Facts and figures

Gun-control advocates in Switzerland frequently point to the Netherlands, which has almost no firearms and had a domestic homicide rate of 4.3 per one million people in 2006. Switzerland, by contrast, had 5.5 per one million. But that same year, Australia--which strictly controls firearms--recorded 7 per one million people, according to statistics cited by the University of Lausanne.

But some people are still concerned. "A lot of women tell us that they are afraid of the weapons that are at home," says Gabriela Chu, a board member of a national umbrella group for battered women shelters (Dachorganisation der Frauenhauser). Chu estimates that around 10 per cent of women coming to shelters in Switzerland, report fearing their husbands' firearms.

Suicide is another topic that crops up a lot. The rate is indeed high in Switzerland; although still significantly lower than in some countries with strict gun control, like Russia or Japan. America--with by far the highest rate of gun ownership has a much lower suicide rate, according to World Health Organization statistics.

Figures compiled by Bloomberg suggest that from 1969 to 2000, Switzerland had an average of 1,428 suicides per year. Fewer than a quarter of those involved guns. But anti-gun activists say stricter rules would deter some people from taking their own lives.

"Basically, the idea we have been looking at, was whether the availability of deadly instruments has any effect on the prevalence--the frequency--of deadly events," says University of Zurich criminology professor Martin Killias. "The point is, it obviously has. That is not really a surprise."

Killias says the initiative would be "a step in a good direction". He claims that fewer guns at home would lead to fewer domestic deaths and fewer suicides; and he also opposes claims that more guns lead to less crime.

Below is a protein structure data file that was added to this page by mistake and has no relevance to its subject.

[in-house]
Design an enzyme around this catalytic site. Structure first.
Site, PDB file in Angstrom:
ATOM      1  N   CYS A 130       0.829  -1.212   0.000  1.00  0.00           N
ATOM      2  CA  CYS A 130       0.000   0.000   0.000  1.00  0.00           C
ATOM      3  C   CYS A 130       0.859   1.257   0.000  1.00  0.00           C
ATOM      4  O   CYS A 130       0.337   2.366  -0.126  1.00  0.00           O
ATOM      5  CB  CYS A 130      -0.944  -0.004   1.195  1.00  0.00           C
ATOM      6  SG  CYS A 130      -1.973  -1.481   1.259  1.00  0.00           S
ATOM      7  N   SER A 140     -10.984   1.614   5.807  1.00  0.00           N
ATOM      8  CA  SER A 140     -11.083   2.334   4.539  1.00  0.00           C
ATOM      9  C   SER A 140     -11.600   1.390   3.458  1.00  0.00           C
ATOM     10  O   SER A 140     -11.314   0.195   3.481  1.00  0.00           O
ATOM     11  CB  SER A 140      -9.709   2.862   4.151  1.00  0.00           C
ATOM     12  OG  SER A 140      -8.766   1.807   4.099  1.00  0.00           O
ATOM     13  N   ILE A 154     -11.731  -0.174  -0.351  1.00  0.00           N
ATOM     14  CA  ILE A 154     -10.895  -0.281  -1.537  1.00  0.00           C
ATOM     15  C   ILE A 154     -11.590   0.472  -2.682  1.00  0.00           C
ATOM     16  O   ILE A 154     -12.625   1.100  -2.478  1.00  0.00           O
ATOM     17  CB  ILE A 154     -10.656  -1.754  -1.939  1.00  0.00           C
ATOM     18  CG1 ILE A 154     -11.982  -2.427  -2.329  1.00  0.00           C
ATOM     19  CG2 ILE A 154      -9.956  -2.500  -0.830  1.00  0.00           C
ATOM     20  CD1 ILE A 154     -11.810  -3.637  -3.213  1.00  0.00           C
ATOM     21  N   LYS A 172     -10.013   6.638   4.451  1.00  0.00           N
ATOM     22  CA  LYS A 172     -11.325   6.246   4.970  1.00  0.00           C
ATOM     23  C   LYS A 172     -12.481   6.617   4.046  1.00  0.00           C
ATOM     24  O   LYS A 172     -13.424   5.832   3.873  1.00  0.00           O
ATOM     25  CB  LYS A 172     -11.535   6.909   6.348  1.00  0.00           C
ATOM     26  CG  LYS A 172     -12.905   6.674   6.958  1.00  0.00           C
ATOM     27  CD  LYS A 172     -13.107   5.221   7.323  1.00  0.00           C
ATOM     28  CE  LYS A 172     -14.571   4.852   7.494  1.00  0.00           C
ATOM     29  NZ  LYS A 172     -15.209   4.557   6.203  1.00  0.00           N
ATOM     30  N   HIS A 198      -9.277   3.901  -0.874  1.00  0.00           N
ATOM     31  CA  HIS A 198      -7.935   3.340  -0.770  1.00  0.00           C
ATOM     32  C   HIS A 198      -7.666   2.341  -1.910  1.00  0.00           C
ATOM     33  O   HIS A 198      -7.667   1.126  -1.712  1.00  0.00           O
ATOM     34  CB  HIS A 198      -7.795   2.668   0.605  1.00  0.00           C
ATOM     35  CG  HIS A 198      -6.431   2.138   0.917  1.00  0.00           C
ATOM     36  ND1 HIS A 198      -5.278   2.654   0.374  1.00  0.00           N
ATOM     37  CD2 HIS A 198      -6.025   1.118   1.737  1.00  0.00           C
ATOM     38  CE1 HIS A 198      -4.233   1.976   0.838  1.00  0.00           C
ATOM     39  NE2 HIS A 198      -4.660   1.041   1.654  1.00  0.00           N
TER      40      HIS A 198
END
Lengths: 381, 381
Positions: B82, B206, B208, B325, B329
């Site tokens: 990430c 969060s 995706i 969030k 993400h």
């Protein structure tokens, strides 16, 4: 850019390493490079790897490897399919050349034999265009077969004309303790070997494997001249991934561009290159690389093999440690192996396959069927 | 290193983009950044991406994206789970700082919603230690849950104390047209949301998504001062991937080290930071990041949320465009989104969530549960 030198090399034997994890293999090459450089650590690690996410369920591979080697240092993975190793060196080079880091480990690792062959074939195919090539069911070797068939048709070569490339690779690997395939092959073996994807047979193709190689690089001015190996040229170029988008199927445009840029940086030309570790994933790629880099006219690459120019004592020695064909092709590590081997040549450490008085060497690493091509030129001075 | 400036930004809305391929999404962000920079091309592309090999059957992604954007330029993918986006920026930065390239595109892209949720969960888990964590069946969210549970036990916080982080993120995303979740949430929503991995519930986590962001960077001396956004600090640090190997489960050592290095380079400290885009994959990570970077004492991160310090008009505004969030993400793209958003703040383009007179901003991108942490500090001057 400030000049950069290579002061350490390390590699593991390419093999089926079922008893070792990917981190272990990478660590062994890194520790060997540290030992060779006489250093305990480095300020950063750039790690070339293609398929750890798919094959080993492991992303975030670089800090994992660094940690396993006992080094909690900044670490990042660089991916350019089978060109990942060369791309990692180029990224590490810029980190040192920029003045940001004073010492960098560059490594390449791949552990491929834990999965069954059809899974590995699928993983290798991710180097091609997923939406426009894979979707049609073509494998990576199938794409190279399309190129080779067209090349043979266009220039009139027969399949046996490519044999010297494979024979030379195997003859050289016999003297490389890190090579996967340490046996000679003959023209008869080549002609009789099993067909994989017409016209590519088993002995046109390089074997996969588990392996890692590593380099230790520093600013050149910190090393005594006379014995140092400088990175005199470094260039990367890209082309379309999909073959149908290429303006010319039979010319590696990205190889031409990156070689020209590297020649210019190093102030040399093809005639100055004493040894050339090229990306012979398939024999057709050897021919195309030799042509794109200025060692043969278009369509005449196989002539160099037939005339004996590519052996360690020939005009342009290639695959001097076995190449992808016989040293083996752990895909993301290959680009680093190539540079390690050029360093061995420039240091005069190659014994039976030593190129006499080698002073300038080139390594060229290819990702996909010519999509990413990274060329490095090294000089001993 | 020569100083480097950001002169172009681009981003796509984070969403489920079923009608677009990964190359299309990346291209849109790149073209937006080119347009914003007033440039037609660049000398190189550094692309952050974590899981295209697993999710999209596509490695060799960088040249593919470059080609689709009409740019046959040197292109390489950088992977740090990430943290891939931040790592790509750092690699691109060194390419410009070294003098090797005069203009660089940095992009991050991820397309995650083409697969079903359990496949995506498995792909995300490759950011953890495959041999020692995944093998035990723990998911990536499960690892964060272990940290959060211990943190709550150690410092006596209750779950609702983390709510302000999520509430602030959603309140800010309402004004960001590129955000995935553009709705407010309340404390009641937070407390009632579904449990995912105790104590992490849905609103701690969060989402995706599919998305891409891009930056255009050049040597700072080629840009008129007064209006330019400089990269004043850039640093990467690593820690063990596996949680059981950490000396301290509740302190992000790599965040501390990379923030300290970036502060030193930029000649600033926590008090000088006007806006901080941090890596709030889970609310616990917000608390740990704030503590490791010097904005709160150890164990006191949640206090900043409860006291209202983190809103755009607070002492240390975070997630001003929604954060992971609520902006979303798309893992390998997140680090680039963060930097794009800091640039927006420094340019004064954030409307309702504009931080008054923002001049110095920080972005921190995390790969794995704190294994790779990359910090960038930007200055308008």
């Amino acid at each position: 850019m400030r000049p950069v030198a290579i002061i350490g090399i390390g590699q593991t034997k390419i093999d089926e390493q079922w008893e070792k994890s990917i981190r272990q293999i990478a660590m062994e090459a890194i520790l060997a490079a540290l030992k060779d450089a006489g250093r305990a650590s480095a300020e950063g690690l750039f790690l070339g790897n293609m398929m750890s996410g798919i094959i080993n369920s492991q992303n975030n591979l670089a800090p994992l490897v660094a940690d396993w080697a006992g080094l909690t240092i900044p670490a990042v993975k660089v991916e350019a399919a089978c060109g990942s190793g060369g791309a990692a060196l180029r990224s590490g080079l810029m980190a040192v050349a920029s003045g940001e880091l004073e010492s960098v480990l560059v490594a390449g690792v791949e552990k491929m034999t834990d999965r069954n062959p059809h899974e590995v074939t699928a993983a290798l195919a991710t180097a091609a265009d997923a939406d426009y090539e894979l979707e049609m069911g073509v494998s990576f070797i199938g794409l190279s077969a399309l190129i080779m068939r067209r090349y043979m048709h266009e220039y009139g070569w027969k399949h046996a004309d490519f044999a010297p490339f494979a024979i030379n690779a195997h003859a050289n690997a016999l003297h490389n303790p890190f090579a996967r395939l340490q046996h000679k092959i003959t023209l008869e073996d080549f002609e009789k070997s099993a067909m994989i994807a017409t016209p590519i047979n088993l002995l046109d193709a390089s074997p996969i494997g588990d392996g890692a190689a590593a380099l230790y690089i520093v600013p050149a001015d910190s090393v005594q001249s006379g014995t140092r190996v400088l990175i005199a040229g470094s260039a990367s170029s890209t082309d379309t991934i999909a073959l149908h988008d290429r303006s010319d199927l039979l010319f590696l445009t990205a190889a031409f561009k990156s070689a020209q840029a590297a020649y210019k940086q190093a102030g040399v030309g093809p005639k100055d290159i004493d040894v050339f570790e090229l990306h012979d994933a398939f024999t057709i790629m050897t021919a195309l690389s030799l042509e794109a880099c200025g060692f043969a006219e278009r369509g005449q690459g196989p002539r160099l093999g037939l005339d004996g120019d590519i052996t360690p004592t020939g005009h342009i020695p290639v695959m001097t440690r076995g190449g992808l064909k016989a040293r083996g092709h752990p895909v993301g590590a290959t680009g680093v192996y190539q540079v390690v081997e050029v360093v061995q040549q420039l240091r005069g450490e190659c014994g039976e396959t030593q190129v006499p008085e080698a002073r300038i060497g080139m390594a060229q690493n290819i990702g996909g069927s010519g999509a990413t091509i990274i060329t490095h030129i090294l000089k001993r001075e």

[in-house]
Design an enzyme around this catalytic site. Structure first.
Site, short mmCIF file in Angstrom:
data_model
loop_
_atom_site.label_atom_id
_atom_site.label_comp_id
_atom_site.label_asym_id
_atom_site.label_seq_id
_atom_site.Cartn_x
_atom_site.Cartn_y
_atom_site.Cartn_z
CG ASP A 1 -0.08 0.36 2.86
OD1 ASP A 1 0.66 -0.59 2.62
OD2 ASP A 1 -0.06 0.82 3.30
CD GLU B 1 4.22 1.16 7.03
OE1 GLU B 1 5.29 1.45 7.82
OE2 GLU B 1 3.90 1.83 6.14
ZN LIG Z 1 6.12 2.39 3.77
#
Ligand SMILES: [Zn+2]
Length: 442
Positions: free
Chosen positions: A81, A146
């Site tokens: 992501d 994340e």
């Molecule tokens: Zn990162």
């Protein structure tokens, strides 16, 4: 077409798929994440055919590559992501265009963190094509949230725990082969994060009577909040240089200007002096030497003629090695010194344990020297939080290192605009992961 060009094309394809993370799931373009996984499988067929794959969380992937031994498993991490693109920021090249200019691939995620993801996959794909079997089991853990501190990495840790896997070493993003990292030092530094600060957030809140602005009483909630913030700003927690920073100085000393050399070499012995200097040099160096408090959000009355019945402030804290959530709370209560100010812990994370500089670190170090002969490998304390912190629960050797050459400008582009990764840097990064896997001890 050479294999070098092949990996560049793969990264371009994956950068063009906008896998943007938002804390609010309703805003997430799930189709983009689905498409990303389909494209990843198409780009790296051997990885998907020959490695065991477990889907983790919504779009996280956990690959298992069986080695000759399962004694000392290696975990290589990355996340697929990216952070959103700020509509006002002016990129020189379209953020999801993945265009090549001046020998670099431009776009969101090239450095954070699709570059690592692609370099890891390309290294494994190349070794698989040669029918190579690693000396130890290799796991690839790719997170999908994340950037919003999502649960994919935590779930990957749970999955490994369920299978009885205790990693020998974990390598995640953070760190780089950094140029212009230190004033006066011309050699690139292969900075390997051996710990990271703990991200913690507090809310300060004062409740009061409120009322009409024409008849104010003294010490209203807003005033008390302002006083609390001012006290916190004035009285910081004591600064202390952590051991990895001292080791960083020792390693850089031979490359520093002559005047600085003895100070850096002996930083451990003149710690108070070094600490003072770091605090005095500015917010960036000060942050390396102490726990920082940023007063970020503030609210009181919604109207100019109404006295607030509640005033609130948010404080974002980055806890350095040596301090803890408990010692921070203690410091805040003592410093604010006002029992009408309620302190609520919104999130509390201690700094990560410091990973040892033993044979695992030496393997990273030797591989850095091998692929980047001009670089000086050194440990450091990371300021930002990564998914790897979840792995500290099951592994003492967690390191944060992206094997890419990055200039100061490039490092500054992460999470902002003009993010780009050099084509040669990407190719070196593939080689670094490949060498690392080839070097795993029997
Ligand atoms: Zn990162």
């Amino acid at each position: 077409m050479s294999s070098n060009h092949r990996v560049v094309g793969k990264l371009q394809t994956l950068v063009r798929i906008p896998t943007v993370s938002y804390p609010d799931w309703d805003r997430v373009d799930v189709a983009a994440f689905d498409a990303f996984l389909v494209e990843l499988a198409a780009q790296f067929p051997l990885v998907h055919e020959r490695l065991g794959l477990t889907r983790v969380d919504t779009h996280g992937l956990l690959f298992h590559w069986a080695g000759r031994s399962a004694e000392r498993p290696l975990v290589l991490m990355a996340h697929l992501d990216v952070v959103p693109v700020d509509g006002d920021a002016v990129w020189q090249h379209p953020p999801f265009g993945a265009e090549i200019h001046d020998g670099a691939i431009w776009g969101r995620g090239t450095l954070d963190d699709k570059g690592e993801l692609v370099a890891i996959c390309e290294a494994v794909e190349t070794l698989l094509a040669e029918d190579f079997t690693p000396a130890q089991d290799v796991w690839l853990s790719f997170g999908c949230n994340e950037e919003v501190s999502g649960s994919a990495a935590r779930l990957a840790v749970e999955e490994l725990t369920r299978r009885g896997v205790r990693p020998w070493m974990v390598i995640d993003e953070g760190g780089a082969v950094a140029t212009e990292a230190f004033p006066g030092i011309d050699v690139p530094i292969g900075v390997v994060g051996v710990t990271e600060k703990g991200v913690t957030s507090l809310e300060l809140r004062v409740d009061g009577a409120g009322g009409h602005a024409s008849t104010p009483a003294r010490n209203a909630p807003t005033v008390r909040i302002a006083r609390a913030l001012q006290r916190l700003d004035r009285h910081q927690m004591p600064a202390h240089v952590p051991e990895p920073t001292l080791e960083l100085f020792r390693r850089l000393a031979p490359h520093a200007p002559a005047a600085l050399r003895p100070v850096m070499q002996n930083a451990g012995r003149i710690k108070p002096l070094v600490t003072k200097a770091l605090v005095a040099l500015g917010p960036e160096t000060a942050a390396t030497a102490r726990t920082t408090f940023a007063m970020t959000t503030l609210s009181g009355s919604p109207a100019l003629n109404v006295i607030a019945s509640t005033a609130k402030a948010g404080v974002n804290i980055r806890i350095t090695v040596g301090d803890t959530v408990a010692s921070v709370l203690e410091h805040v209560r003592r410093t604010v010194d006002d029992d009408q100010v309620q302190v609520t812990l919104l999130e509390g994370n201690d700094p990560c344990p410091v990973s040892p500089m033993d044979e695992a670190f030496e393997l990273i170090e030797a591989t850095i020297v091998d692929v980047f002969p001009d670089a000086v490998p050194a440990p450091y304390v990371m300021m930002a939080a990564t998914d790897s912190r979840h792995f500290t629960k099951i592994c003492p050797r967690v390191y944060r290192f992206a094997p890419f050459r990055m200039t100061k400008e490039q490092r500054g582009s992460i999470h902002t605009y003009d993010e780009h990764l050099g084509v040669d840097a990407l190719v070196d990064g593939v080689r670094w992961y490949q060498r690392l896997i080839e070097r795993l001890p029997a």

But academic and author of More Guns, Less Crime, John Lott Jr., an authority on the relationship between guns and crime, says otherwise. "Just as you can deter criminals with higher arrest rates, higher conviction rates or longer prison sentences, the fact that a would-be victim might be able to use a gun can also make it riskier for criminals to engage in attacks and deter them from committing crimes," he says.

"Every place that 1 can find crime data for, you find that when you have a ban [on guns], you have an increase in murder rates," Lott explains, noting that other types of gun-control laws have similar effects. "Switzerland has traditionally had one of the lowest murder rates in the world, and one of the reasons why they've had that, is because people are able to protect themselves," he says. "This is one area where freedom and safety go together."

The future

This is clearly an impassioned debate, with both sides expressing optimism about their prospects in next year's nationwide vote. The will of the people remains to be seen ... but no matter what happens, the debate about guns in Switzerland will be a hot topic for a long time to come.
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Author:Newman, Alex
Publication:Swiss News
Date:Nov 1, 2010